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I Am A Woman

Linda Roorda


“You never think of your parents as much more than parents. It isn’t until you are older yourself that you begin to realize they had their hopes, dreams, ambitions, and secret thoughts. You sort of take them for granted and sometimes you are startled to know they were in love a time or two…. You never stop to think about what they were like until it is too late…” (Louis L’Amour in “Tucker”)  Oh how true!!

The tomboy that I was while growing up in my teens, working and learning beside my Dad, prepared me for later becoming a farmer’s wife.  After all, the love of farming is in the blood of both my parents! I was not fond of housework, much preferring to be outside or in the barn. Yet we women fill so many different roles.  Not all of us are wives and mothers.  Some of us remain single.  Some of us are meant to pursue life-time careers.  Some of us work to support our family, when we would prefer to be at home raising our children. Often, our likes and dislikes, and even careers, change throughout our lifetime.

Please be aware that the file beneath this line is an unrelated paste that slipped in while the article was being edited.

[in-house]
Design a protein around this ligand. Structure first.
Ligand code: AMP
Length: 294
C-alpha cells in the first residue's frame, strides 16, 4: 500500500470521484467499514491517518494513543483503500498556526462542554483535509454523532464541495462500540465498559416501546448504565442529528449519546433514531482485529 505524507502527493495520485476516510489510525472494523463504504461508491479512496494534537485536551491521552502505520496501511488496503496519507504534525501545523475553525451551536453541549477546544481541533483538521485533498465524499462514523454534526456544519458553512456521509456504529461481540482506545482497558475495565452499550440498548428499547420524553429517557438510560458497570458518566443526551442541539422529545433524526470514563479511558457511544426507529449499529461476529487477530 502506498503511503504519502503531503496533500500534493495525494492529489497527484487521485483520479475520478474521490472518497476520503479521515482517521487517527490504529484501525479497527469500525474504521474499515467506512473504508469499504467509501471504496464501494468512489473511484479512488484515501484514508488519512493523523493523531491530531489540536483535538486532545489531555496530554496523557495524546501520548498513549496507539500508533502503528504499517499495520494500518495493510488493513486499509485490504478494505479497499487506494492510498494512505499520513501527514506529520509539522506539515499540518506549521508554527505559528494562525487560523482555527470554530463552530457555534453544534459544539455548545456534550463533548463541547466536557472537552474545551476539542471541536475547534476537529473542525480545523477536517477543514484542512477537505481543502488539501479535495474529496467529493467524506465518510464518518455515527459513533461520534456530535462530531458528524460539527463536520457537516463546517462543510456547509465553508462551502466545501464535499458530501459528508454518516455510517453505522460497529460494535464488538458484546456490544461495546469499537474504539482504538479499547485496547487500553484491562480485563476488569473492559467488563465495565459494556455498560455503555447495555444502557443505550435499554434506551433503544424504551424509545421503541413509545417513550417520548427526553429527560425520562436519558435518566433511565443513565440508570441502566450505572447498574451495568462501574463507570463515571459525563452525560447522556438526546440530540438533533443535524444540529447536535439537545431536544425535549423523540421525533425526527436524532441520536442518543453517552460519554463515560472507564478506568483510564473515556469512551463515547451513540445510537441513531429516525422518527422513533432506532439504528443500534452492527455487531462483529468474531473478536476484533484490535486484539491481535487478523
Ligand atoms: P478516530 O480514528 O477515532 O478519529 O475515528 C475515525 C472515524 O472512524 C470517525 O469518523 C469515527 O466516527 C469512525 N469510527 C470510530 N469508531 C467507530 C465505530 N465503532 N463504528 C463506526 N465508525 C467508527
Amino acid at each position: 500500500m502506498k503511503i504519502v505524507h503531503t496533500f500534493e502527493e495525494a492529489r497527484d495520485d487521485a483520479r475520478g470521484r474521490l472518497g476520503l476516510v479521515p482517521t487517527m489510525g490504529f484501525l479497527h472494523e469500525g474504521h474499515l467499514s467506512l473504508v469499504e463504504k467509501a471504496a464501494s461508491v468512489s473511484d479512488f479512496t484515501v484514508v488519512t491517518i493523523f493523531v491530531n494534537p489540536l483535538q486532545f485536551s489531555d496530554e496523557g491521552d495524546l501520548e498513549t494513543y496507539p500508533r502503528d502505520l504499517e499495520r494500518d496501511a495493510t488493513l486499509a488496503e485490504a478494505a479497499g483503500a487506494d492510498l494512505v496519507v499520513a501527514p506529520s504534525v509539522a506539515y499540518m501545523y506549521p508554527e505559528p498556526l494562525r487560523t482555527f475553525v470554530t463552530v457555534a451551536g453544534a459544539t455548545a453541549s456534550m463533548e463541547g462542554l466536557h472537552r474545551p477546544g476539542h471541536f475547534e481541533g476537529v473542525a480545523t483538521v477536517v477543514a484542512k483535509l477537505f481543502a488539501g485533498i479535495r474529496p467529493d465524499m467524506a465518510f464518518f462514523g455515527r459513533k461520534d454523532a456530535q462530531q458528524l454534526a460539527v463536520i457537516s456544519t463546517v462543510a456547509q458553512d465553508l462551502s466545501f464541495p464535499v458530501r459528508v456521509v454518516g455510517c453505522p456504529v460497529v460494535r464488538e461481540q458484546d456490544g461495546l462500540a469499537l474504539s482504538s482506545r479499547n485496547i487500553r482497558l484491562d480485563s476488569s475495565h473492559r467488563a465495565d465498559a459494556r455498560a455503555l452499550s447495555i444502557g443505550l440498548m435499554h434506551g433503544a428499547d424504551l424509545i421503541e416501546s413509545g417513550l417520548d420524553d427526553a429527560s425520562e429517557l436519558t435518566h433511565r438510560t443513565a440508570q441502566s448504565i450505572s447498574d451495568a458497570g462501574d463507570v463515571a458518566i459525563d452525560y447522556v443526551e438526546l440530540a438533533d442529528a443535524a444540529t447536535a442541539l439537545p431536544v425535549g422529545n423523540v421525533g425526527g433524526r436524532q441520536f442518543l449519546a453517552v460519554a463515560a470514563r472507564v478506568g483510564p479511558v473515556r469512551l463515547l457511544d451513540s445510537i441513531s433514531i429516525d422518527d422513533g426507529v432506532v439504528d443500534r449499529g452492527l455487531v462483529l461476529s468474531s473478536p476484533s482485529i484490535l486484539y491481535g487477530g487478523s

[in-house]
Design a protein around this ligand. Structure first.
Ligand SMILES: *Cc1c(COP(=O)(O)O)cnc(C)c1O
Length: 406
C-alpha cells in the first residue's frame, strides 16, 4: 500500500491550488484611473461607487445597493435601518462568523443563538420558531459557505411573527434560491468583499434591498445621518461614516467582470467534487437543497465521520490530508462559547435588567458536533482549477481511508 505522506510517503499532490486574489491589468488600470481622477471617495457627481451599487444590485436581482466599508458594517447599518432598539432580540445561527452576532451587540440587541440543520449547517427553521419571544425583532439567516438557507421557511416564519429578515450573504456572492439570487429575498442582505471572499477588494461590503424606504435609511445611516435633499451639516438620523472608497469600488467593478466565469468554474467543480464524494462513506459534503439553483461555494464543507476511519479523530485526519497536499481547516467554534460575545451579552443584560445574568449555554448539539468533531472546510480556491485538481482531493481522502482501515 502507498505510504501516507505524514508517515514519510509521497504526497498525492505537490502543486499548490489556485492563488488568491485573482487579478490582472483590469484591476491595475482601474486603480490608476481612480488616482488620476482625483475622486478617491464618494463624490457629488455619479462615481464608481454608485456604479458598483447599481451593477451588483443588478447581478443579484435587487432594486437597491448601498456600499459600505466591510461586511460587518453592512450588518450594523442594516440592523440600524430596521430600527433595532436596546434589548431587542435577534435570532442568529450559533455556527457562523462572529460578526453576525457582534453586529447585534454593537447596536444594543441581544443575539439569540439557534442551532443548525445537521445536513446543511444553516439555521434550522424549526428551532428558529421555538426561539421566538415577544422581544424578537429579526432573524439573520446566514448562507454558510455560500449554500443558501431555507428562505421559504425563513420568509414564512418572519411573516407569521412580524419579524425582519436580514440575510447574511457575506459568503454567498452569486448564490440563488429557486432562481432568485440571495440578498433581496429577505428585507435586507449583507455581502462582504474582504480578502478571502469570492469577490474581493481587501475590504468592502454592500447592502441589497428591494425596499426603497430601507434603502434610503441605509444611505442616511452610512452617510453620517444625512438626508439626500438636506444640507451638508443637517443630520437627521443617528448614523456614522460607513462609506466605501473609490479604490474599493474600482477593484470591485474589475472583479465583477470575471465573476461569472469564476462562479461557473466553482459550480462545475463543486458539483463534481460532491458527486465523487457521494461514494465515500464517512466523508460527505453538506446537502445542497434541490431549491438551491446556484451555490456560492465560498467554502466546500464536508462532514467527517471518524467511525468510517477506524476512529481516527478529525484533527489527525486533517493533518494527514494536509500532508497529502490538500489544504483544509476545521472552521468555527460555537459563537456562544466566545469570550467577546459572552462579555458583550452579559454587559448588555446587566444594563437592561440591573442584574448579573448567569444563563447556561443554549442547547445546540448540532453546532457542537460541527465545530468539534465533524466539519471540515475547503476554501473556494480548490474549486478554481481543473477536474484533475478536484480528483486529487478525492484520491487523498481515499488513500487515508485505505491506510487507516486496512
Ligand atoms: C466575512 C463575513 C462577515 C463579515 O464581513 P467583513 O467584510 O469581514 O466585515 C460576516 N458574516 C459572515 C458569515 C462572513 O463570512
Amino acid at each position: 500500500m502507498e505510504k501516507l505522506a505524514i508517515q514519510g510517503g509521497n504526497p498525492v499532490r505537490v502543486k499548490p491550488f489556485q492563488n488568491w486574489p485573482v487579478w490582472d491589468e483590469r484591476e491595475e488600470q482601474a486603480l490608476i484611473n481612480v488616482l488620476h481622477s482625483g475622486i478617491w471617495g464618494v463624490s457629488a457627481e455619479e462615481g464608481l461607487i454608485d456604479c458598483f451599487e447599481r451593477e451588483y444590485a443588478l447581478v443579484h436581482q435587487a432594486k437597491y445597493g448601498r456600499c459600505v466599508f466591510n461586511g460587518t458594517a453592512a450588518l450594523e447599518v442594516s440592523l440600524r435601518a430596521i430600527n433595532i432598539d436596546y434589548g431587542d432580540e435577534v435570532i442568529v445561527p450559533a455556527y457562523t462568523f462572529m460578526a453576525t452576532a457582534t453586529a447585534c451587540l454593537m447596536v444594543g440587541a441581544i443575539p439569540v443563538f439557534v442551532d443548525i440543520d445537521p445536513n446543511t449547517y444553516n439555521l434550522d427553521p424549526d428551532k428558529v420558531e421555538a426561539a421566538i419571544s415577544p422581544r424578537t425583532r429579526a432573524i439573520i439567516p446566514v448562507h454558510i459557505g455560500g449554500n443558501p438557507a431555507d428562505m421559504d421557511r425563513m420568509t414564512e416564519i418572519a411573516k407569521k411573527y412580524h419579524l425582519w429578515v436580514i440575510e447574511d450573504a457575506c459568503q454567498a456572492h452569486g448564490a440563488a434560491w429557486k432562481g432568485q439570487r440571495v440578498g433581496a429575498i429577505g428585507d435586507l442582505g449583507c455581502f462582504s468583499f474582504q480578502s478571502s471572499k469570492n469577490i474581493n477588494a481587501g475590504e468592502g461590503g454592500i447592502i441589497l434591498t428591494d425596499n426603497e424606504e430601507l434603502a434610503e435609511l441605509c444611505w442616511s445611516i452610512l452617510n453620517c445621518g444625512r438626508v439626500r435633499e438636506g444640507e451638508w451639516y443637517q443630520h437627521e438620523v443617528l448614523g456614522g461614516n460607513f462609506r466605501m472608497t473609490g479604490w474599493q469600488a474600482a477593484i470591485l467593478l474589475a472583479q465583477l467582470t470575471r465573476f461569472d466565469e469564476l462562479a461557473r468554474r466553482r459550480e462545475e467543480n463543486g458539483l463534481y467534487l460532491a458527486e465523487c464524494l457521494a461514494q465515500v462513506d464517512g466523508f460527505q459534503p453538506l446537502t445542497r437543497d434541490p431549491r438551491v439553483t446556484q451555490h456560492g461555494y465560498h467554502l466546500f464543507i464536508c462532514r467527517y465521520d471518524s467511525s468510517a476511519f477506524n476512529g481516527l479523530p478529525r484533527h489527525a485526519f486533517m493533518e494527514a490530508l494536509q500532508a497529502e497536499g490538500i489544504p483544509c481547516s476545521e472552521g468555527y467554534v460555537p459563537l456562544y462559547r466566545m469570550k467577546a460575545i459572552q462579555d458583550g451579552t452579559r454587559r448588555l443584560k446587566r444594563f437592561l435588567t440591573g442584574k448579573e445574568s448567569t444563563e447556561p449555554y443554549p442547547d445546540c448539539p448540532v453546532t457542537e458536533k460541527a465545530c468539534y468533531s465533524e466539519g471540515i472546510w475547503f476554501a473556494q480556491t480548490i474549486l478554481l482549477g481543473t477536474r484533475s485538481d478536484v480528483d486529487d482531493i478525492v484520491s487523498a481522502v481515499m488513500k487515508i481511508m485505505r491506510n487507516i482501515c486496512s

Typically, we women are great multi-taskers, but I’m not sure whether that’s good or bad! We come from different walks in life, and we’re very different from each other in feelings, perspectives, and opinions. I’ve had several “big sisters” or “surrogate mothers” in my lifetime who added a special dimension to my maturing and learning - my Dad’s mother, Grammy, with whom I wrote letters every other week for decades from my teens on, who helped raise me as an infant and toddler, and was there with an ear and advice as I raised my own children; my cousin Howard’s wife, Carol, like a big sister to me and whose four children my sister and I babysat during their weekend auctions in our teens, and with whom I continue to keep in touch; and his brother Robert’s wife, Virginia, briefly my hunting partner in my teens, also taught me how to cook certain meals when I lived with their family while working in Ithaca several months before my marriage to Ed, learning to make delicious homemade spaghetti sauce and a down-home scrumptious simple goulash, both a favorite in my own family’s supper menu.